Veteran tailbacks in healthy supply for '05
Add another name to the growing list of veteran tailbacks available in the trade market.
The Denver Broncos -- likely to be well-stocked at the position in 2005, when players such as Quentin Griffin and Mike Anderson return from injuries -- have granted permission to the agent for Reuben Droughns to discuss potential trade scenarios with other franchises, ESPN.com has learned.
The Broncos are said to be seeking one high-round draft pick and one middle-round selection for Droughns, who rushed for 1,240 yards in 2004. The Buffalo Bills last week granted permission for Travis Henry, who lost his starting job to Willis McGahee and desperately wants to move on, to speak with other clubs.
"Reuben wants to be a No. 1 tailback somewhere, and wants to be compensated as such, and it's a very crowded situation in Denver, as everyone knows," said Drew Rosenhaus, who represents Droughns. "So we're going to try to stir some action, to create interest, and see if we can make something happen."
Simply gaining permission to discuss trade possibilities with other teams does not always lead to a deal. The agent must first find a team interested in acquiring his client, usually within the compensation parameters established by the incumbent club, then hope the two franchises can strike a deal. In that regard, though, Rosenhaus has a notable track record.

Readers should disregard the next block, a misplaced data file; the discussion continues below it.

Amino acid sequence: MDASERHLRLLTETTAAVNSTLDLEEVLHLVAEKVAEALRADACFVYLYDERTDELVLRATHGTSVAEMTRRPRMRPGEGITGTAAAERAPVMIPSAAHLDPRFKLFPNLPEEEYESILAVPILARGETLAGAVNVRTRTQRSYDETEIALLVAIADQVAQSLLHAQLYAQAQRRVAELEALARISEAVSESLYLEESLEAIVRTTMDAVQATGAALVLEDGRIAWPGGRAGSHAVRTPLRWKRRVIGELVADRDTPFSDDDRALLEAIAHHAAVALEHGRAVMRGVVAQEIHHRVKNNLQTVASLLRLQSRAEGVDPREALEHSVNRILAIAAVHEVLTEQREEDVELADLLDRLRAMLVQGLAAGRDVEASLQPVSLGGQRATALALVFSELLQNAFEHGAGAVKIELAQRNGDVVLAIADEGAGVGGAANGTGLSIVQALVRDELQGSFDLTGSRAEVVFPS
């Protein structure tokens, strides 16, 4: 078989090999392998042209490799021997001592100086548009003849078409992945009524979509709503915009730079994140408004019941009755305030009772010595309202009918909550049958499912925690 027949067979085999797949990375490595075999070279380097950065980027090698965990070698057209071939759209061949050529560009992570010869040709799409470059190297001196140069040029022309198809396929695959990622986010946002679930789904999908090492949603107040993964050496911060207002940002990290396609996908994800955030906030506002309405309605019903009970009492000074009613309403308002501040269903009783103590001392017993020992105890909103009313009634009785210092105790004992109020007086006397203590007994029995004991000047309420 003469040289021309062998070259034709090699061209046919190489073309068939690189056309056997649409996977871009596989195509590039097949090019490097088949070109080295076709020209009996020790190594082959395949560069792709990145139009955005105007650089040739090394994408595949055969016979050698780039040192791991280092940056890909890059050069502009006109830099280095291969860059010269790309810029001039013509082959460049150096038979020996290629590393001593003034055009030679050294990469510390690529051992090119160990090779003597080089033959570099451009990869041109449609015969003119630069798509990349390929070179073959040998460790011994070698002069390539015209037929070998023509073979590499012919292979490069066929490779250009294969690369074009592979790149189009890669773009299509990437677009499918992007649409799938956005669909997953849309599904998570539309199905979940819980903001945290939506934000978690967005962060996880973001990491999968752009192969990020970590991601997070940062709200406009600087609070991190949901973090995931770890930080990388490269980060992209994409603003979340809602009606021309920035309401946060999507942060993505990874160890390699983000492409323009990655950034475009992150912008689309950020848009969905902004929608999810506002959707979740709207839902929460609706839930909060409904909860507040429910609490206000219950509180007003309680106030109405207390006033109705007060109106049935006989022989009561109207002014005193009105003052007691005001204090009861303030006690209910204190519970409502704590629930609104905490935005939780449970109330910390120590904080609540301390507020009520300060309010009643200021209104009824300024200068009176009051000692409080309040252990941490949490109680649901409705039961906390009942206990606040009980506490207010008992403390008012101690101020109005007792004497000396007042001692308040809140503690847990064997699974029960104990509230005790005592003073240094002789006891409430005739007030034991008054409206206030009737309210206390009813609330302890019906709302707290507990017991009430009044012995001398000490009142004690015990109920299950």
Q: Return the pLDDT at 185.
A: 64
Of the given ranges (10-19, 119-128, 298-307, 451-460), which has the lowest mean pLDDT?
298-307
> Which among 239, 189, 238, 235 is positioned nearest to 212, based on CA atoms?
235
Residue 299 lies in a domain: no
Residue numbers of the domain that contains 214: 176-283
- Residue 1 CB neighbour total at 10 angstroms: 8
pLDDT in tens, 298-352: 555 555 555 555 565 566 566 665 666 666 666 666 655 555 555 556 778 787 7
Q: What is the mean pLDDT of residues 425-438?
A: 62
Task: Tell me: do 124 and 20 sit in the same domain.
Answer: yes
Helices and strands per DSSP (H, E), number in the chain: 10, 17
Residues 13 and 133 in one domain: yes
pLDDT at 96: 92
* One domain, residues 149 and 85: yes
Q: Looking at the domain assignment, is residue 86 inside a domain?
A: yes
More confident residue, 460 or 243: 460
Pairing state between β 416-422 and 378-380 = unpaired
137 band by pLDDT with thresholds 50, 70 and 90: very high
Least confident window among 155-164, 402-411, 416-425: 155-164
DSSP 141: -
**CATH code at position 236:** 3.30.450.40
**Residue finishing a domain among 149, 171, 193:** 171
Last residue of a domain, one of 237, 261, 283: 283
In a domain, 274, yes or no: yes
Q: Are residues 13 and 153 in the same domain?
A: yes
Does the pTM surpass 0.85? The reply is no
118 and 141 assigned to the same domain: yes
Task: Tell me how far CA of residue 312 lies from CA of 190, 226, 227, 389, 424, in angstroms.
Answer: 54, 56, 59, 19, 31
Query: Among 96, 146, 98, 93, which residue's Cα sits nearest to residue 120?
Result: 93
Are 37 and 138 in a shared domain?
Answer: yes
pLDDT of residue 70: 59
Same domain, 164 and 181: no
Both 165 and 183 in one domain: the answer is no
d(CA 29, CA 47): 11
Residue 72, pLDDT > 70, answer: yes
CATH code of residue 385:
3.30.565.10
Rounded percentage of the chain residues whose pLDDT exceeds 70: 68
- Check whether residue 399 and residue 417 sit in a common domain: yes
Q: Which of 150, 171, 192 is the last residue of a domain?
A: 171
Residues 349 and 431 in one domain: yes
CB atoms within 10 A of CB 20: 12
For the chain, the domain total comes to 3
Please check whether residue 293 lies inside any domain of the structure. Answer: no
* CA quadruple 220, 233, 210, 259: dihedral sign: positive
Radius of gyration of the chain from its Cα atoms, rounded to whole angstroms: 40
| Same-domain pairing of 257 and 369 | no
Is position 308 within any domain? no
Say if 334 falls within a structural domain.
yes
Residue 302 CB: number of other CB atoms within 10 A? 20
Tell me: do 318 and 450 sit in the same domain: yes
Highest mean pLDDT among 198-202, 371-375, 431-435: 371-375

Rosenhaus was instrumental in three major trades of veteran players last year -- the deal that sent Broncos tailback Clinton Portis to Washington, one in which Miami defensive end Adewale Ogunleye was swapped to the Chicago Bears and the trade that sent Green Bay cornerback Mike McKenzie to New Orleans -- and is hopeful he can do the same for Droughns, a five-year veteran coming off a breakthrough 2004 season.
Droughns, 26, opened the season at fullback, then switched to the tailback spot when the Broncos suffered a rash of injuries. He carried 275 times for 1,240 yards and six touchdowns, all career highs. At one stretch, Droughns posted 100-yard outings in six of seven games, and he ran for more than 150 yards on three occasions.
Entering the season, Droughns, who spent most of his first four NFL seasons at fullback, had rushed for only 97 yards and one touchdown on 40 attempts.
The Broncos like a pair of young tailbacks, Griffin and Tatum Bell, and also have former rookie of the year Anderson coming back from injury, so the depth chart is crowded.
Droughns has two seasons remaining on his current contract, is scheduled to earn base salaries of $950,000 in 2005 and $1.15 million in 2006, and likely wants to upgrade those numbers, if possible.
Len Pasquarelli is a senior NFL writer for ESPN.com. To check out Len's chat archive, click here .
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